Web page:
I believe the picture posted was not from OP, but from a poster showing his iPod to receiver connection. I don't recall OP specifying what receiver he has. I too like to keep old equipment that still works, but at some point additional features added via wired-in boxes becomes too expensive and inconvenient. Things like HDMI inputs and integrated vTuner more practical when included in a newer receiver.

retiredjg
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Re: 20th Century Stereo in a 21st Century World

Post by retiredjg » Tue Sep 22, 2015 5:04 pm

You are correct tcassette, I have not posted a picture.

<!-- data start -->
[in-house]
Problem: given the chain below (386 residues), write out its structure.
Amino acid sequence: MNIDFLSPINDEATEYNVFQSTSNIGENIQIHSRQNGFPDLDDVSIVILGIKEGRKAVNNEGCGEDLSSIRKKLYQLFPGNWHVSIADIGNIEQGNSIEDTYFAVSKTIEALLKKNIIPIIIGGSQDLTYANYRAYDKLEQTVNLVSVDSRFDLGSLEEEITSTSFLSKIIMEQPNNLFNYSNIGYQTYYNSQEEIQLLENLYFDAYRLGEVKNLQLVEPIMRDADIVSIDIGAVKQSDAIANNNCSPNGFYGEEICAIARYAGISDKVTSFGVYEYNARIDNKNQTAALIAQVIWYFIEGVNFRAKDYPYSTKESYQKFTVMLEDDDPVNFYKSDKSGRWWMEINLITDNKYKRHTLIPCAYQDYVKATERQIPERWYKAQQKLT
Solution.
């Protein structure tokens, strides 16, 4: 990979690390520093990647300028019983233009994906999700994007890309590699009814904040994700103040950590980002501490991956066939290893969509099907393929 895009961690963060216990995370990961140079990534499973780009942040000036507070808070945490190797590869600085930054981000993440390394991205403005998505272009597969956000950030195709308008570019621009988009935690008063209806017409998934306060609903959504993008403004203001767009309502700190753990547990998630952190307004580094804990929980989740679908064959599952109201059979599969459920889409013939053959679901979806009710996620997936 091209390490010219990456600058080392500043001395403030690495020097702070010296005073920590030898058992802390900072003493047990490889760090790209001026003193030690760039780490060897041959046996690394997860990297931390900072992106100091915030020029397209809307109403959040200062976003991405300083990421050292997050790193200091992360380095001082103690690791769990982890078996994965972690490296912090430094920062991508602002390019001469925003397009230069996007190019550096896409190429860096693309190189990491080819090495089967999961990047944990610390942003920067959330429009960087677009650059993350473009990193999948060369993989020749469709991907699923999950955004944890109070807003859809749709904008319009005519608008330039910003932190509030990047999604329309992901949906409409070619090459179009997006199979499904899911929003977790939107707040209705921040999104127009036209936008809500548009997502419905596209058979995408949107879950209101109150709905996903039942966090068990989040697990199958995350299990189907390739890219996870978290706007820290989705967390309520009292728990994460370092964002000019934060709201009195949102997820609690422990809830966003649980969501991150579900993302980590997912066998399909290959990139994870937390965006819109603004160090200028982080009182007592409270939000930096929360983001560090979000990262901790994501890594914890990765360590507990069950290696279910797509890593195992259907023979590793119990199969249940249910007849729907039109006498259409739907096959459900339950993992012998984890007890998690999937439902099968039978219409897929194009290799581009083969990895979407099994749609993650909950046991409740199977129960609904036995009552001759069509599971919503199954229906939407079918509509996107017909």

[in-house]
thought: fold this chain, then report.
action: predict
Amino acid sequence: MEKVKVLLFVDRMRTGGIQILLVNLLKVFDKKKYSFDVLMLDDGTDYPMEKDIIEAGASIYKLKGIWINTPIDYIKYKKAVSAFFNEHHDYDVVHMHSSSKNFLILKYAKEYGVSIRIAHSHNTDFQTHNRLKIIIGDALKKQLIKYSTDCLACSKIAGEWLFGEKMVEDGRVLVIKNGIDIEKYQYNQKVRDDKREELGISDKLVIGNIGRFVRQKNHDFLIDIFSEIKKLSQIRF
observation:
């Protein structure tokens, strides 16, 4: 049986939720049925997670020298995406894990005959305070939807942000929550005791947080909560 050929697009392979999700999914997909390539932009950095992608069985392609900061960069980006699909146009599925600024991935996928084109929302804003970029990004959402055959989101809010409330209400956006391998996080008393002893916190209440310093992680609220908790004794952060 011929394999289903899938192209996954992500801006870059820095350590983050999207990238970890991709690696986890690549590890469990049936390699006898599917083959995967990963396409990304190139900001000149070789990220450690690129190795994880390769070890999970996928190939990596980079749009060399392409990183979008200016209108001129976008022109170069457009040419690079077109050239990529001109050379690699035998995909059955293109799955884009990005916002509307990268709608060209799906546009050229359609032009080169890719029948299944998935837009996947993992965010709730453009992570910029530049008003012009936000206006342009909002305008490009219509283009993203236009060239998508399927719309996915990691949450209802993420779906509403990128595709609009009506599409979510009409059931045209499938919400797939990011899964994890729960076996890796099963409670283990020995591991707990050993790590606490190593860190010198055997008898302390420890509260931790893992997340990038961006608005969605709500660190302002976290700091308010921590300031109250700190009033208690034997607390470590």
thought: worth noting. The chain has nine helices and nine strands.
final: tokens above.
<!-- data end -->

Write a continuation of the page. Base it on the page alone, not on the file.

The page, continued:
I think the easiest answer to my situation is going to be the cord that has an RCA plug on one end and the 3.5 mm stereo plug on the other end. I might do some of the other ideas as well - but this one is quick and easy and cheap and will get me started using my old old ipod that does not have enough storage for my entire collection. But I'll figure something out. :happy

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Kenkat
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Re: 20th Century Stereo in a 21st Century World

Post by Kenkat » Tue Sep 22, 2015 7:47 pm

The picture was mine. The Sony ES series had pretty nice amps and electronics so I have not really had a compelling reason to replace it as it would not be easy to replace in kind without spending a decent chunk. It does everything I have needed it to so far.